Thursday February 20, 2014

Looking Back to Move Forward

The Created Equal series will focus on the past, present and future of civil rights in Dayton through a discussion with activists and leaders.

As Black History Month continues, the University of Dayton will explore the past, present and future of civil rights and social justice in the Dayton area.

Members of the Dayton Africana Elders Council will discuss current social justice struggles and challenges in achieving positive change and will engage with the audience on the topics. 

"Looking Back to Move Forward: Reflection on Civil Rights in Dayton," a panel discussion among Dayton-area community leaders and activists will be held 7-9 p.m. Thursday, Feb. 27 in Sears Recital Hall in the Jesse Philips Humanities Center. Visitors may park in parking lot C on Evanston Street after 6:30 p.m. without a permit.  It's free and open to the public but seating is limited and early arrival is recommended.

Speakers include: 

  • Nozipo Glenn, president, Miami Valley African Organization
  • David K. Greer, volunteer community activist, Northwest Priority Board chairman
  • Kathleen Henderson, panel moderator, associate director of the office of student success and parent engagement, University of Dayton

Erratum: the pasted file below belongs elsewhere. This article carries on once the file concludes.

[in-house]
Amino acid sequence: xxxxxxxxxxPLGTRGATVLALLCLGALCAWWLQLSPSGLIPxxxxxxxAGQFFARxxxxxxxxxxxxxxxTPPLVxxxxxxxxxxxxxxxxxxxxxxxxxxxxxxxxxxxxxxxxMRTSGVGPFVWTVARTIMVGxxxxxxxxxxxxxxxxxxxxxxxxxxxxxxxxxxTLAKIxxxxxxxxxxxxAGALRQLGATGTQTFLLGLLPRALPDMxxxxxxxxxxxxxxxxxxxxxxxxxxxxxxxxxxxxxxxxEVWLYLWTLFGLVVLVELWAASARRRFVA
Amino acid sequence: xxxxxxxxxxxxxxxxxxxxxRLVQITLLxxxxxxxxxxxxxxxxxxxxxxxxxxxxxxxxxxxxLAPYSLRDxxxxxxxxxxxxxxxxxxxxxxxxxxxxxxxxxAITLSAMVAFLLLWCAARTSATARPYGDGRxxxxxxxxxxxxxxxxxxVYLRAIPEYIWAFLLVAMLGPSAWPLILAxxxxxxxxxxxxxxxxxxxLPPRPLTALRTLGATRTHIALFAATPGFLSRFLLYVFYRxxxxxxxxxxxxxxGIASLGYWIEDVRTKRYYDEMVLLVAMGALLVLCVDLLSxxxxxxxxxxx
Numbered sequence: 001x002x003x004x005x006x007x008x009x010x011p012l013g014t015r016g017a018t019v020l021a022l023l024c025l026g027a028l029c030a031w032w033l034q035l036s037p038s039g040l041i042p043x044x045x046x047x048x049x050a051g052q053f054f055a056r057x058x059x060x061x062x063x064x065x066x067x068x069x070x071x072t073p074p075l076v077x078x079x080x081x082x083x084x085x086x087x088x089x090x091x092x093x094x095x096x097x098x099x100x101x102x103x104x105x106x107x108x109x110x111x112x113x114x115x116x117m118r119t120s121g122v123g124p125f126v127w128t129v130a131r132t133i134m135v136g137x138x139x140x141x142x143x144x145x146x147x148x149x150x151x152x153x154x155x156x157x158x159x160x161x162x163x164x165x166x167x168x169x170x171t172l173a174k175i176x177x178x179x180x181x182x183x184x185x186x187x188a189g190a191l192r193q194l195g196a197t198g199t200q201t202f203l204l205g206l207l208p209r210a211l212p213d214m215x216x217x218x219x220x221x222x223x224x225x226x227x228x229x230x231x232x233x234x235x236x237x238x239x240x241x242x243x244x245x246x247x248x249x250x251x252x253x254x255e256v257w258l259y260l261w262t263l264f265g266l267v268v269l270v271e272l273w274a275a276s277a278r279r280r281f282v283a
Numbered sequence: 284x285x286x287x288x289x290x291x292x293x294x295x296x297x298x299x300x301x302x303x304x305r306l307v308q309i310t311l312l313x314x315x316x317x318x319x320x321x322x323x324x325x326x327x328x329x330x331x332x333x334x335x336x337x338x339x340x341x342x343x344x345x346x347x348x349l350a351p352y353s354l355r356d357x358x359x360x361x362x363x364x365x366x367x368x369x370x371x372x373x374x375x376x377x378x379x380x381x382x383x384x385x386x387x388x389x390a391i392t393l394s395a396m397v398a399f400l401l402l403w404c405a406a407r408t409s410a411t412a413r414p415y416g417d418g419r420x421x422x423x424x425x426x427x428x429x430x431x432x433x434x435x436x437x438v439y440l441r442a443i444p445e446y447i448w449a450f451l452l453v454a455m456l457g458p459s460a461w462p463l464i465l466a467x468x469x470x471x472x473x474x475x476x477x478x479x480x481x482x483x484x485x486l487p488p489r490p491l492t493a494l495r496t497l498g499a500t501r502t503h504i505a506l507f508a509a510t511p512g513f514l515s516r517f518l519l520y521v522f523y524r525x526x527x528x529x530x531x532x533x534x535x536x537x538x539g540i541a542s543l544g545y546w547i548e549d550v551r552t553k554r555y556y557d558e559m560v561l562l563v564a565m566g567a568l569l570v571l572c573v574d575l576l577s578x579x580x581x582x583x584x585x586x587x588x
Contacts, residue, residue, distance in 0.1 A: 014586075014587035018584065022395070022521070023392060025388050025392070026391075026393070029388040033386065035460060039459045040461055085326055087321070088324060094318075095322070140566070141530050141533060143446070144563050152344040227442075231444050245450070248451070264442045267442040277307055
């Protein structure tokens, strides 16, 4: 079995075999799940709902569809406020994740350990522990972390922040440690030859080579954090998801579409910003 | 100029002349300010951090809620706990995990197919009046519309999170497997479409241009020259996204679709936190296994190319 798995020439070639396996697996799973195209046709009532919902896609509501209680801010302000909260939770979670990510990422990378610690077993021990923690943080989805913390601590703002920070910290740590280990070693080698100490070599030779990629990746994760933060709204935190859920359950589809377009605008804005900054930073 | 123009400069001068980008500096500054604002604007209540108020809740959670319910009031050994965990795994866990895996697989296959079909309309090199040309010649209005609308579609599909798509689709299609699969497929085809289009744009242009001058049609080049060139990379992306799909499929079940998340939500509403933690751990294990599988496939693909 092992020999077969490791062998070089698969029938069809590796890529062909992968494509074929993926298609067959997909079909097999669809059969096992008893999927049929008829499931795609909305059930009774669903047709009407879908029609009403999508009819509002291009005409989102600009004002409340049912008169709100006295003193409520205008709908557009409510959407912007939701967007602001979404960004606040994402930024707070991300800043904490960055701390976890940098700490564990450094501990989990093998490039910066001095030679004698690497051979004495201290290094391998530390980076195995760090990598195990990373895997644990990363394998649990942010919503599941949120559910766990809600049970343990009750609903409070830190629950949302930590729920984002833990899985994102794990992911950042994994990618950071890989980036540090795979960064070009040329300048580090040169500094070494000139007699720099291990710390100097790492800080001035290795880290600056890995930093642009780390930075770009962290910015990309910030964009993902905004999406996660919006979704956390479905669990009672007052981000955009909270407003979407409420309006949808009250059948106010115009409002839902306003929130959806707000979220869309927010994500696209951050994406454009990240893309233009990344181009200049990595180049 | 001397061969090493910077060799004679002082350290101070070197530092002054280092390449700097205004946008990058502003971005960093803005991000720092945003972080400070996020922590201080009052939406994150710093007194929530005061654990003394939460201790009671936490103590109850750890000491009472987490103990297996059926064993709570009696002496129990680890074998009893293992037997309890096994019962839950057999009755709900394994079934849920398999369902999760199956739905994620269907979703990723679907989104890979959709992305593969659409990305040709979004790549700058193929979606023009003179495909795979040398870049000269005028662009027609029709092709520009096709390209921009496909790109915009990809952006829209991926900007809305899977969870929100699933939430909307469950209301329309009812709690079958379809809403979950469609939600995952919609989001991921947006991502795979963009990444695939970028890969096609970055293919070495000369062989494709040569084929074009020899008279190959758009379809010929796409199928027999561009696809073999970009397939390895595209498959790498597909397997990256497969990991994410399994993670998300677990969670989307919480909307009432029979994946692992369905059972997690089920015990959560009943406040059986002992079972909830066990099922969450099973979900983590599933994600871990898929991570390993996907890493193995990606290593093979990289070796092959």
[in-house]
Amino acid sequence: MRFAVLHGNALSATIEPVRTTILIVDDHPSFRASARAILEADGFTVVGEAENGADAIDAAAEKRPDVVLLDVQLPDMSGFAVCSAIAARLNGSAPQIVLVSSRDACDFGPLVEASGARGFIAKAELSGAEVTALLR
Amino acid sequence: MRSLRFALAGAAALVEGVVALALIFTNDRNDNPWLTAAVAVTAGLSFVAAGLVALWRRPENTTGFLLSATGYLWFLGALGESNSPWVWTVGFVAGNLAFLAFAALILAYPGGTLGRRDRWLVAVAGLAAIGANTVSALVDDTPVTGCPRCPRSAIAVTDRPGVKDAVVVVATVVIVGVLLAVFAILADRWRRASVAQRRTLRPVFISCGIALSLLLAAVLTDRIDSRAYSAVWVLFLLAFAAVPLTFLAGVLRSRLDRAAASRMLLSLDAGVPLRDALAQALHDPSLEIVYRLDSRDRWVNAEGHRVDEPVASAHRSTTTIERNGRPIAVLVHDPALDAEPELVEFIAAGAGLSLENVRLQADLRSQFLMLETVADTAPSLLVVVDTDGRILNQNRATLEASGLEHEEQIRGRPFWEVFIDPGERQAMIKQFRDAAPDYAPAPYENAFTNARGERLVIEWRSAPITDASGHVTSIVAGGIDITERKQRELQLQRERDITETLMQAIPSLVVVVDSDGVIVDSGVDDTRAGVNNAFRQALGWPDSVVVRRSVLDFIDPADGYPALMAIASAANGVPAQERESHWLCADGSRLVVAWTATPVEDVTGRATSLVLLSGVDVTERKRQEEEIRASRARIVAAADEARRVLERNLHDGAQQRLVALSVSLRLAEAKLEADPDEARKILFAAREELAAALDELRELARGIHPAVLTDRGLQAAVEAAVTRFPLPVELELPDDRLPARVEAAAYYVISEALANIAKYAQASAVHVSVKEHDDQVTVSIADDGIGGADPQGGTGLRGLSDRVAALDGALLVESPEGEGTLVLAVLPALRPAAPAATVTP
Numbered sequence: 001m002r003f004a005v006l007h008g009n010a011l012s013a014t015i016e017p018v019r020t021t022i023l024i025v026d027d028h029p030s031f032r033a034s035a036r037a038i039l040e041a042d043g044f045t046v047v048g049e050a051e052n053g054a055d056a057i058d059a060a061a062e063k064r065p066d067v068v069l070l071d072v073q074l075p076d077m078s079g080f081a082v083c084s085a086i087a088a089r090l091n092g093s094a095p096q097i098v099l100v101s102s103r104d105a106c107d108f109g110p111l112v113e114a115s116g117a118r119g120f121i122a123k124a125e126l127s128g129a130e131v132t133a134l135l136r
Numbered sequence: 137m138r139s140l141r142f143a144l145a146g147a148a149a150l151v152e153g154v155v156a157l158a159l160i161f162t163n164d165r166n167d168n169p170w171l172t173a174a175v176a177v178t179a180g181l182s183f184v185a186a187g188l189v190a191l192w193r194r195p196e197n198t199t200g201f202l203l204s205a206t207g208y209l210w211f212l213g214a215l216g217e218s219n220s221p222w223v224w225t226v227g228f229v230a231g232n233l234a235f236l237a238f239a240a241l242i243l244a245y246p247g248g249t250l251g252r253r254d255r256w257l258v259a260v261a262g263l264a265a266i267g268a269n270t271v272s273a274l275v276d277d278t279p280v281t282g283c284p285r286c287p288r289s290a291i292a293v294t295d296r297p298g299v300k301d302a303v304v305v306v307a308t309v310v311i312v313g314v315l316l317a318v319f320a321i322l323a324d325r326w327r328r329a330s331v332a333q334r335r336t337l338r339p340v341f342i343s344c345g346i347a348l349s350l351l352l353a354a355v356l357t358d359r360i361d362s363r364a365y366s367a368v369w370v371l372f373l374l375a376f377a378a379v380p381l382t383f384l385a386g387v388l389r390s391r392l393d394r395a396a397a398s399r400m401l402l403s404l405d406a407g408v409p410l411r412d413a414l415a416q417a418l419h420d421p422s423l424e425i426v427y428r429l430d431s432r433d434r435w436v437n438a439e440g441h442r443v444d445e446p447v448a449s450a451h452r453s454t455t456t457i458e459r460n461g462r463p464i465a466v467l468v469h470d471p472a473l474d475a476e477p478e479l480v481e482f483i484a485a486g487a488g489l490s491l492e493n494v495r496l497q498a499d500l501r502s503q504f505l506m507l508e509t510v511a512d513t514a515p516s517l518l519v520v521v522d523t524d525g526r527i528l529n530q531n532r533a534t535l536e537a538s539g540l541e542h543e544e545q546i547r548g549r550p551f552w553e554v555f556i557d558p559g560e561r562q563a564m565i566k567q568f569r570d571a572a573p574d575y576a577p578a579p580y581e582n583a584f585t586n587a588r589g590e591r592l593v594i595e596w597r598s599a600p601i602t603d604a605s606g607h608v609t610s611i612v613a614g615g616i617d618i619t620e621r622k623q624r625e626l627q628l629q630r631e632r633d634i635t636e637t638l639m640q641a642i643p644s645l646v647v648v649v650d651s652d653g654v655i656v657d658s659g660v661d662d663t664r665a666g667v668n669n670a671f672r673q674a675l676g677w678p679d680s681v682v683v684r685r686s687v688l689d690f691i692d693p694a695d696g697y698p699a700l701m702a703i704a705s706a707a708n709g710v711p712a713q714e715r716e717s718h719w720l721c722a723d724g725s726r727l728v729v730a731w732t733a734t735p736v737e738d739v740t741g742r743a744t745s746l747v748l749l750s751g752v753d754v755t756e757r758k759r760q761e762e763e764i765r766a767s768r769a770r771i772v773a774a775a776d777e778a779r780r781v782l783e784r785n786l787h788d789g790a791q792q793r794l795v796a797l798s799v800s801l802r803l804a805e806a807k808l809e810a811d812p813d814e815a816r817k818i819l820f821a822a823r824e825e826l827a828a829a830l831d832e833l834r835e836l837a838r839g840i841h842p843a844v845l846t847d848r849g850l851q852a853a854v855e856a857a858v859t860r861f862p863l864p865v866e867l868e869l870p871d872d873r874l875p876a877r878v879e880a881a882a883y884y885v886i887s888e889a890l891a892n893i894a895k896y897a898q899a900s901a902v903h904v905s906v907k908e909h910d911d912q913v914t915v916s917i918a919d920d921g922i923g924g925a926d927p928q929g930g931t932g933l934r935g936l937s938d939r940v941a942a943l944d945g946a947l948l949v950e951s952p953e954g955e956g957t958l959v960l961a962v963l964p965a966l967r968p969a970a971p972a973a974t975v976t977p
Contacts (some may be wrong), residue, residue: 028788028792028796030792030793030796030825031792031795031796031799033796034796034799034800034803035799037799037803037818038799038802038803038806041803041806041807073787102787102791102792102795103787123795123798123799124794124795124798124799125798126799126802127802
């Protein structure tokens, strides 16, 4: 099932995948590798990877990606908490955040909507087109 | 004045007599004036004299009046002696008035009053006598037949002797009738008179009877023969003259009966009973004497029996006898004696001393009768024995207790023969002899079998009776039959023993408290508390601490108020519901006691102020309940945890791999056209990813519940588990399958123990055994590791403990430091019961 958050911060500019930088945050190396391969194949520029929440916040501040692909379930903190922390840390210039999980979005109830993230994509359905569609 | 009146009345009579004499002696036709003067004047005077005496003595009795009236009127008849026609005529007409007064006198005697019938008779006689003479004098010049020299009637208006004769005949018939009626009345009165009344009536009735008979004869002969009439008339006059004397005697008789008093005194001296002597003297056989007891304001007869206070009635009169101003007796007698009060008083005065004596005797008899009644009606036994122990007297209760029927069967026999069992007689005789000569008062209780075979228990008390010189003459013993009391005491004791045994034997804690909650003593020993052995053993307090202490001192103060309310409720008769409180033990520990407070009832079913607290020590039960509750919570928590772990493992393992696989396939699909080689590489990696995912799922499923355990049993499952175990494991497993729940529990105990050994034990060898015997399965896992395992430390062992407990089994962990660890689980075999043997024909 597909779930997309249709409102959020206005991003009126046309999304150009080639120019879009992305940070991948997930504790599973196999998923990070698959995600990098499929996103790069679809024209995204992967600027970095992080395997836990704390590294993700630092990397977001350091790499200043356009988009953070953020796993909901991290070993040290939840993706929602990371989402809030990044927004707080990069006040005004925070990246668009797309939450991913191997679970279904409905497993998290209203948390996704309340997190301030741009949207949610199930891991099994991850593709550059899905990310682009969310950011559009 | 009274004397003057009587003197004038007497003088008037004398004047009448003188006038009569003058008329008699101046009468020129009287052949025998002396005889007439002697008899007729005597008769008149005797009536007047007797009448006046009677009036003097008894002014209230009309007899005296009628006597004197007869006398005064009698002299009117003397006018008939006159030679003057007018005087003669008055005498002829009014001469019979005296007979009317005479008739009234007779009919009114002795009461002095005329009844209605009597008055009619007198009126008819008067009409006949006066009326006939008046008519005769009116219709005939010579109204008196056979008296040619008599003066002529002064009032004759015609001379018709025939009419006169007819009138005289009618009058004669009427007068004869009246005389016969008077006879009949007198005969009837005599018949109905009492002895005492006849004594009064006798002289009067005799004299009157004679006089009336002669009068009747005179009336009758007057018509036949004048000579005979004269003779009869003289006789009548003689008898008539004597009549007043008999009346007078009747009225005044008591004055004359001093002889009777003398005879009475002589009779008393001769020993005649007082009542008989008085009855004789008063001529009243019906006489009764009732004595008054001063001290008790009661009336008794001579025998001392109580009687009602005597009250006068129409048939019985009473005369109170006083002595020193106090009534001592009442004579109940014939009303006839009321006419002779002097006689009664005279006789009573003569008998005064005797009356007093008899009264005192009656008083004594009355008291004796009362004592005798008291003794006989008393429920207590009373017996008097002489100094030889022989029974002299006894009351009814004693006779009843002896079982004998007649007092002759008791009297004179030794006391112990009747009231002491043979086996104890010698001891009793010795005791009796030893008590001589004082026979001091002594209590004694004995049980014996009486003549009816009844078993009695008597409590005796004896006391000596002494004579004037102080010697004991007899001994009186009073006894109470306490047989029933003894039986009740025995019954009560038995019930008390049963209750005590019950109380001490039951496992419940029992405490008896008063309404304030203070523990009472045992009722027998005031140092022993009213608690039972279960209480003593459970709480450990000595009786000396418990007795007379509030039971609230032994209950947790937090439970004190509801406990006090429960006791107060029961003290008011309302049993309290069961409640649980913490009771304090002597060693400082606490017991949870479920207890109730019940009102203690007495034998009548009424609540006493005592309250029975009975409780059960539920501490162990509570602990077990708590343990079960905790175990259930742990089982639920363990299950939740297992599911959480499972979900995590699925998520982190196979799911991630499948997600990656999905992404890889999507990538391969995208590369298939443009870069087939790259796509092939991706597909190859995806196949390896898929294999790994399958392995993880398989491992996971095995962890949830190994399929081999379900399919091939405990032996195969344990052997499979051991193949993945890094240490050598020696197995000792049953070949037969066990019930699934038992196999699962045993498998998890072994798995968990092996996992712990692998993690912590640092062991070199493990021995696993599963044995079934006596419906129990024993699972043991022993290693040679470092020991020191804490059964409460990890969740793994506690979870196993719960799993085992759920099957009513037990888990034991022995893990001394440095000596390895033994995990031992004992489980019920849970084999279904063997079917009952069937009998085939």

• Margaret Peters, adjunct professor, Sinclair Community College
  • Vernellia Randall, professor emerita, University of Dayton School of Law
  • Greer Stanford-Randle, executive council member and Dayton-area president, Association for the Study of African American Life & History

The event is part of Created Equal: America's Civil Rights Struggle, a film and discussion series presented by University of Dayton Libraries through a grant from the National Endowment for the Humanities, as part of its Bridging Cultures initiative, in partnership with the Gilder Lehrman Institute of American History.

The series continues with several screenings and discussions of two additional films. For more information about the community discussion and the Created Equal series, visit

For information contact Ione Damasco, Roesch Library, at